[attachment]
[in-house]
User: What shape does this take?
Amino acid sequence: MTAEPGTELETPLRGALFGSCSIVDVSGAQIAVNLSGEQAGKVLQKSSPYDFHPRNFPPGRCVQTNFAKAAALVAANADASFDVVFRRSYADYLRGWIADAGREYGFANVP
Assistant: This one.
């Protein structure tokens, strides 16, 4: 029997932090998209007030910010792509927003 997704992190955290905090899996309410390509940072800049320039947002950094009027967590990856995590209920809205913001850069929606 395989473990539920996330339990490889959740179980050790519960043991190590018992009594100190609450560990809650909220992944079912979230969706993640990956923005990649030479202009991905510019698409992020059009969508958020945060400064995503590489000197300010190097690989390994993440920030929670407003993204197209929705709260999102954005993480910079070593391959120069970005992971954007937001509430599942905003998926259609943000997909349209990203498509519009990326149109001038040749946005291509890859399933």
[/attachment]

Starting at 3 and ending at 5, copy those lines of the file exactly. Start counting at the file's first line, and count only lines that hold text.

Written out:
Amino acid sequence: MTAEPGTELETPLRGALFGSCSIVDVSGAQIAVNLSGEQAGKVLQKSSPYDFHPRNFPPGRCVQTNFAKAAALVAANADASFDVVFRRSYADYLRGWIADAGREYGFANVP
Assistant: This one.
């Protein structure tokens, strides 16, 4: 029997932090998209007030910010792509927003 997704992190955290905090899996309410390509940072800049320039947002950094009027967590990856995590209920809205913001850069929606 395989473990539920996330339990490889959740179980050790519960043991190590018992009594100190609450560990809650909220992944079912979230969706993640990956923005990649030479202009991905510019698409992020059009969508958020945060400064995503590489000197300010190097690989390994993440920030929670407003993204197209929705709260999102954005993480910079070593391959120069970005992971954007937001509430599942905003998926259609943000997909349209990203498509519009990326149109001038040749946005291509890859399933």